Kimya Dawson, Your Heart Breaks, and Peace and Red Velvet

(MUSIC) Listening to Your Heart Breaks' new album The Wrack Line feels a lot like sitting around a beach bonfire just after sunset when the bulk of summer's days are behind you and your brain begins to steep in the special brand of romantic nostalgia that can only be found in Puget Sound’s salty air. It's a Northwest thing. It's hard to explain. But how perfect it will be to see the band—always led by Clyde Petersen and currently featuring Eli Moore and Ashley Eriksson of LAKE and Katherine Paul of Black Belt Eagle Scout—perform their tender, wistful songs outside, under a setting sun. Headlining the evening is the one and only Kimya Dawson, an incomparable songwriter who can rejuvenate the most shriveled and bitter of hearts with just one strum of her guitar. (Georgetown Trailer Park Mall, 5805 Airport Way S, 6-10 pm, free, all ages) MEGAN SELING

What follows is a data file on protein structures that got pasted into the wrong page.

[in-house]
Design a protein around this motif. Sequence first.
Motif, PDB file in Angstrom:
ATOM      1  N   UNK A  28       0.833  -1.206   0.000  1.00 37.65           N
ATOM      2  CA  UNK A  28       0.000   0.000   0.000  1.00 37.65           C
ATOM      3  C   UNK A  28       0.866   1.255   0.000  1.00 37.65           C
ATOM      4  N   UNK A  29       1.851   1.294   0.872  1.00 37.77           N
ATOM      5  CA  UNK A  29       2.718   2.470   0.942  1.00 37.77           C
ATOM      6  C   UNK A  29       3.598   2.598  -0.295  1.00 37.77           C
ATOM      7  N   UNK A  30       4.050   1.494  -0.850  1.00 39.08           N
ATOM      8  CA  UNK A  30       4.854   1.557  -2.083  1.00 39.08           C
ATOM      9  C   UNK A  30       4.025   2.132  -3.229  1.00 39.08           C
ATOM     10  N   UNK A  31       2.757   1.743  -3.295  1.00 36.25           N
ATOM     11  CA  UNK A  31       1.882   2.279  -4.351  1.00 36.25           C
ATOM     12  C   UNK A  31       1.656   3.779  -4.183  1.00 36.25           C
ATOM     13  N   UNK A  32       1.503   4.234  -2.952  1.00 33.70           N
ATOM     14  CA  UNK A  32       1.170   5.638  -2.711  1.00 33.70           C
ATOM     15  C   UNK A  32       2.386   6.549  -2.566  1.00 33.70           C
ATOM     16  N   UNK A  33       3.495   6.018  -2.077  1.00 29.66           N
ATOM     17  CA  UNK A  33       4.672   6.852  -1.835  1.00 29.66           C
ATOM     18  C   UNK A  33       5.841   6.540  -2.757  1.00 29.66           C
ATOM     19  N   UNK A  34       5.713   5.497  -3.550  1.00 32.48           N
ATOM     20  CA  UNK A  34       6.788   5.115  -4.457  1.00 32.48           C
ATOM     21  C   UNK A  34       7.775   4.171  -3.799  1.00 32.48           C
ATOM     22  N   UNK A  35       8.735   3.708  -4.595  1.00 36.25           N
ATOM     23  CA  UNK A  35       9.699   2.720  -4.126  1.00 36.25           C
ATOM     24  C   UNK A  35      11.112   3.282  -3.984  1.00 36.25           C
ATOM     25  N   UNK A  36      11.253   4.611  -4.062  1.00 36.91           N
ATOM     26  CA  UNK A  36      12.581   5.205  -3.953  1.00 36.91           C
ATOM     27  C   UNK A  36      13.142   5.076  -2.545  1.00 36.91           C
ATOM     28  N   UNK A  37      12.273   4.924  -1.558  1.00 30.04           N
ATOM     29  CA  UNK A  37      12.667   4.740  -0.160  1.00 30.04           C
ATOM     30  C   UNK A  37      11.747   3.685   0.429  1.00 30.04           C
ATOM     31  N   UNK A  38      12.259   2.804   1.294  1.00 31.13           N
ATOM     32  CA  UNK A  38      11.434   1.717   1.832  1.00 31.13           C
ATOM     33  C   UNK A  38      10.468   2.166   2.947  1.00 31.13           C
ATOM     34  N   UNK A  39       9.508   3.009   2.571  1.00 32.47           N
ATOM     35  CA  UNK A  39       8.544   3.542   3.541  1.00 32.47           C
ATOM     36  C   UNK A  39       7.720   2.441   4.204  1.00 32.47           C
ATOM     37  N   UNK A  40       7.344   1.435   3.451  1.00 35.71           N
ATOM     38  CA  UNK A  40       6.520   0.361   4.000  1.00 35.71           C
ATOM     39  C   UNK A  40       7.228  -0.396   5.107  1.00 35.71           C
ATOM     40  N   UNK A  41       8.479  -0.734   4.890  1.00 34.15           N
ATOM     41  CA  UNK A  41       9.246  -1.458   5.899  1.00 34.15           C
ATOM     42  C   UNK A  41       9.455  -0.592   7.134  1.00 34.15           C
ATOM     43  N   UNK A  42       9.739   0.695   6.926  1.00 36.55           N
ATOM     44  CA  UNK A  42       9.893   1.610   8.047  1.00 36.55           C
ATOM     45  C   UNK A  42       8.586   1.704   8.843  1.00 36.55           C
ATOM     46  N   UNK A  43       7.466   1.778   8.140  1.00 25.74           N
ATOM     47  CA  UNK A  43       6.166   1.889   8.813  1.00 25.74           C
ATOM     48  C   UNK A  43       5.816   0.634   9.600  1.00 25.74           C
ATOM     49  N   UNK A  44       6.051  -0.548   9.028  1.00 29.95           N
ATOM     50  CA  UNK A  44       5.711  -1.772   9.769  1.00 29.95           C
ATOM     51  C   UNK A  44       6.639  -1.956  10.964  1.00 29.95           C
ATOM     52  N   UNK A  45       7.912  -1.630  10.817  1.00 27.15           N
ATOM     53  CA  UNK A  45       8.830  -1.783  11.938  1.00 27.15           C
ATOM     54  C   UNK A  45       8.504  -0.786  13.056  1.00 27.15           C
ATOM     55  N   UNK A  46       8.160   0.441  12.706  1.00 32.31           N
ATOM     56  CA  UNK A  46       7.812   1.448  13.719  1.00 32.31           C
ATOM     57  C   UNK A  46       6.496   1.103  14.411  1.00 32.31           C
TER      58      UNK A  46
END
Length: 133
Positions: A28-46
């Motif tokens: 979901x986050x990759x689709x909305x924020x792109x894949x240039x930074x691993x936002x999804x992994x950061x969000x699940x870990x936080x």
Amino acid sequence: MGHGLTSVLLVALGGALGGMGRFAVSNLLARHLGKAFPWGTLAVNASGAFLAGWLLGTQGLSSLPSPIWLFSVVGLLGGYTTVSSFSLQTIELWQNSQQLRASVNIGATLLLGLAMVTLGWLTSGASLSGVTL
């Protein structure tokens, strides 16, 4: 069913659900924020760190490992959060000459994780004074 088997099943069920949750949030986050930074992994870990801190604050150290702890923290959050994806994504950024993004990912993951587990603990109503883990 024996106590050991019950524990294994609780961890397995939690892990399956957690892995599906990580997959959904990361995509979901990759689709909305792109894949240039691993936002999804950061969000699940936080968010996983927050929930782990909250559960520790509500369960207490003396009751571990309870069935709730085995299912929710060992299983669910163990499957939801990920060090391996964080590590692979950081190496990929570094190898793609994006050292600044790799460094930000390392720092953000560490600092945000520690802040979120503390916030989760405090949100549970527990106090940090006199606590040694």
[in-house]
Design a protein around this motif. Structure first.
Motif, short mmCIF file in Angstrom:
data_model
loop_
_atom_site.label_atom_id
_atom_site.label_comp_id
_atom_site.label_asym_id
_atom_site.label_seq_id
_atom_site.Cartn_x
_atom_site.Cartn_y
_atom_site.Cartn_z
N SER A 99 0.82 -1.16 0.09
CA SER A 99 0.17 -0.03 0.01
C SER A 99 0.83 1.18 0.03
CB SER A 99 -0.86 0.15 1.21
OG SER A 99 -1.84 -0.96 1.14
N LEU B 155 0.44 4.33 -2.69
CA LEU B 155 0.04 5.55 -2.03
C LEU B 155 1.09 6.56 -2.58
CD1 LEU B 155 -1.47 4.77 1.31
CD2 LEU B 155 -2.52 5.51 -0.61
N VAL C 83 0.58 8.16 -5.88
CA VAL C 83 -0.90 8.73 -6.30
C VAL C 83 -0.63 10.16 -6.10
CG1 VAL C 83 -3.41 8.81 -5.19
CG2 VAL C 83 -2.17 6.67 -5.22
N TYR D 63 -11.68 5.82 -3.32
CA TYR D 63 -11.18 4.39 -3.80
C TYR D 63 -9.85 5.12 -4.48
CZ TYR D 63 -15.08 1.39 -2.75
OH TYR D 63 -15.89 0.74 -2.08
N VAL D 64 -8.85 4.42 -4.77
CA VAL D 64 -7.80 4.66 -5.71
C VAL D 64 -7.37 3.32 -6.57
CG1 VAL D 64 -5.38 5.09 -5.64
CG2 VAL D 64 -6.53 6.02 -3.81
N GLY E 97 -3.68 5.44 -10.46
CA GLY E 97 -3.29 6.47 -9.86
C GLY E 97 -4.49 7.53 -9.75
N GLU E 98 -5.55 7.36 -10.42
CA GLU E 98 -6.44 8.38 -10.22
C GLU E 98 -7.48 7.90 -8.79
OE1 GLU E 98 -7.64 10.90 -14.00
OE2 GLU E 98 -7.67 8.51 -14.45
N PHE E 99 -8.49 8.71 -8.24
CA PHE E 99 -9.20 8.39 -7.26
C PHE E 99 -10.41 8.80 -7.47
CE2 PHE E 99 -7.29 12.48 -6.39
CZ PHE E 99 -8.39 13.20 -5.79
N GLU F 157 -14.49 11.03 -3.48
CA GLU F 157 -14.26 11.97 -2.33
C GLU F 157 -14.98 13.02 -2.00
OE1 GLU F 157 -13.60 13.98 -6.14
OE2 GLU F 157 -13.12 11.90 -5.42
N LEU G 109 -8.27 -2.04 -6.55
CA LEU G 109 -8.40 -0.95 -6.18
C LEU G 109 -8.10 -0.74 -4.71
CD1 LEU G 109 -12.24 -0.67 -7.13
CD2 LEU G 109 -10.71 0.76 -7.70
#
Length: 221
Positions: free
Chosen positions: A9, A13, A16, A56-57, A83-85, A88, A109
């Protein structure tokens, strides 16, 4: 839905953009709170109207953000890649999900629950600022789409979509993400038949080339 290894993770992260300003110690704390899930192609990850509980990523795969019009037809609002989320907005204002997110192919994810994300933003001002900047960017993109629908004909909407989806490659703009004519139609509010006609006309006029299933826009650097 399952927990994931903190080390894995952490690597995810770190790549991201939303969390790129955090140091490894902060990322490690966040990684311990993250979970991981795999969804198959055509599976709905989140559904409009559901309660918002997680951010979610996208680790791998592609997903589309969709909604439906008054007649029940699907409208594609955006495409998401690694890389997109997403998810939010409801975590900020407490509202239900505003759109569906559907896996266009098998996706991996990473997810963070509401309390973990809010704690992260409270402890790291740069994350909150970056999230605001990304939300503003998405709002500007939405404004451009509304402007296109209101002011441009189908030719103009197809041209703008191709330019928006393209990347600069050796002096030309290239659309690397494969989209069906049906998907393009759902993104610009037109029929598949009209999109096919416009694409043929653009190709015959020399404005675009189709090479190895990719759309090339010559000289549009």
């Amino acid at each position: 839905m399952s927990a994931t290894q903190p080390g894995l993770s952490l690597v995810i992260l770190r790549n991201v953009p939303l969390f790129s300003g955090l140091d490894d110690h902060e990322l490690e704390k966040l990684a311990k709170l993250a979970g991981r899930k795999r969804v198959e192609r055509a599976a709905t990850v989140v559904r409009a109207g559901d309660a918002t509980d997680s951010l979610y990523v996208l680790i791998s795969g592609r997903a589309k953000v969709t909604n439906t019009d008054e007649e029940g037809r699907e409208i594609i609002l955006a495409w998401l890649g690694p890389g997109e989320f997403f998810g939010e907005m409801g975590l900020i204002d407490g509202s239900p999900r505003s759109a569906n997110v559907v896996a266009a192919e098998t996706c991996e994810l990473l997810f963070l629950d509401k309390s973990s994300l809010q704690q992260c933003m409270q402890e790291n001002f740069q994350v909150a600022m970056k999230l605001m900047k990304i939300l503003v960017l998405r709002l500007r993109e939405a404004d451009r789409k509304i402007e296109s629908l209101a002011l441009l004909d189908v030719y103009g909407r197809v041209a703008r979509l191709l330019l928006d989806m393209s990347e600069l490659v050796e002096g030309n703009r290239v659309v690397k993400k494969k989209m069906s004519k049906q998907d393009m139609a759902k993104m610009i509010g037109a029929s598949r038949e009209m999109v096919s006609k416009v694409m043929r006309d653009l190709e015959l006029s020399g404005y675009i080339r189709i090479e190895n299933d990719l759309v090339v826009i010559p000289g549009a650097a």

FRIDAY 7/21 

Capitol Hill Block Party

(MUSIC) This year, CHBP offers a treasure trove of Gen-Z favorites. Droves of festival-goers will crowd the streets of Capitol Hill to see headliners like electropop duo Sofi Tukker, innovative Florida rapper Denzel Curry, and electronic music group Louis the Child. This isn’t your typical lounge-in-the-grass-type music festival, but rather, a bustling party that involves nine stages—both indoors and outdoors—that are nestled within the city streets. I am most excited to see the indie rock trio MUNA, whose infectious hit single "Silk Chiffon (ft. Phoebe Bridgers)" is the sapphic summer anthem that the girls and the gays deserve. I also can't wait to see the ethereal electronic gem Empress Of, meme-turned-hyperpop star Rebecca Black, and BFF pop duo Coco & Clair Clair. If you can't tell, this lineup exudes femme pop power. (Capitol Hill at E Pine St between Broadway and 12th Ave, July 21-23, $90-$525, all ages) AUDREY VANN